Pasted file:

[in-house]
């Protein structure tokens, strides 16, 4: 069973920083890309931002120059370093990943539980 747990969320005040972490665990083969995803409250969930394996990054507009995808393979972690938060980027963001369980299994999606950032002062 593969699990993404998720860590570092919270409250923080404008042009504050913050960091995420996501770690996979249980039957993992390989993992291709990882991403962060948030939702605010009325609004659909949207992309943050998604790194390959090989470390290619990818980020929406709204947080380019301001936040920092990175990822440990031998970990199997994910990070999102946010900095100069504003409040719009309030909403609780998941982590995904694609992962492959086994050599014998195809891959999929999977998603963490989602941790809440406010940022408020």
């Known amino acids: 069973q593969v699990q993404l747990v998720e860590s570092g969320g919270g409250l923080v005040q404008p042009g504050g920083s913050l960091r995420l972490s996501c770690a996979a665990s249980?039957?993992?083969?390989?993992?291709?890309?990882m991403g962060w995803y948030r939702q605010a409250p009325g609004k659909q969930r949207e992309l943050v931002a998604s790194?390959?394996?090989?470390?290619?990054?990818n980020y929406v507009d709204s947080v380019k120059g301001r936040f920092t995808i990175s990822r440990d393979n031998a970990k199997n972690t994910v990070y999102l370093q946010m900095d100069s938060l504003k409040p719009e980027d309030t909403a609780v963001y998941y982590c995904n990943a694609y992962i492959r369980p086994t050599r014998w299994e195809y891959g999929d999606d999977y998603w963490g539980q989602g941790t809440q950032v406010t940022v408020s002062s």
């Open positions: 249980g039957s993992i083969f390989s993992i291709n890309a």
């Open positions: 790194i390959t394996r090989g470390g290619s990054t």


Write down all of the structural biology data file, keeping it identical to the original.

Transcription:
[in-house]
């Protein structure tokens, strides 16, 4: 069973920083890309931002120059370093990943539980 747990969320005040972490665990083969995803409250969930394996990054507009995808393979972690938060980027963001369980299994999606950032002062 593969699990993404998720860590570092919270409250923080404008042009504050913050960091995420996501770690996979249980039957993992390989993992291709990882991403962060948030939702605010009325609004659909949207992309943050998604790194390959090989470390290619990818980020929406709204947080380019301001936040920092990175990822440990031998970990199997994910990070999102946010900095100069504003409040719009309030909403609780998941982590995904694609992962492959086994050599014998195809891959999929999977998603963490989602941790809440406010940022408020």
């Known amino acids: 069973q593969v699990q993404l747990v998720e860590s570092g969320g919270g409250l923080v005040q404008p042009g504050g920083s913050l960091r995420l972490s996501c770690a996979a665990s249980?039957?993992?083969?390989?993992?291709?890309?990882m991403g962060w995803y948030r939702q605010a409250p009325g609004k659909q969930r949207e992309l943050v931002a998604s790194?390959?394996?090989?470390?290619?990054?990818n980020y929406v507009d709204s947080v380019k120059g301001r936040f920092t995808i990175s990822r440990d393979n031998a970990k199997n972690t994910v990070y999102l370093q946010m900095d100069s938060l504003k409040p719009e980027d309030t909403a609780v963001y998941y982590c995904n990943a694609y992962i492959r369980p086994t050599r014998w299994e195809y891959g999929d999606d999977y998603w963490g539980q989602g941790t809440q950032v406010t940022v408020s002062s």
């Open positions: 249980g039957s993992i083969f390989s993992i291709n890309a």
């Open positions: 790194i390959t394996r090989g470390g290619s990054t």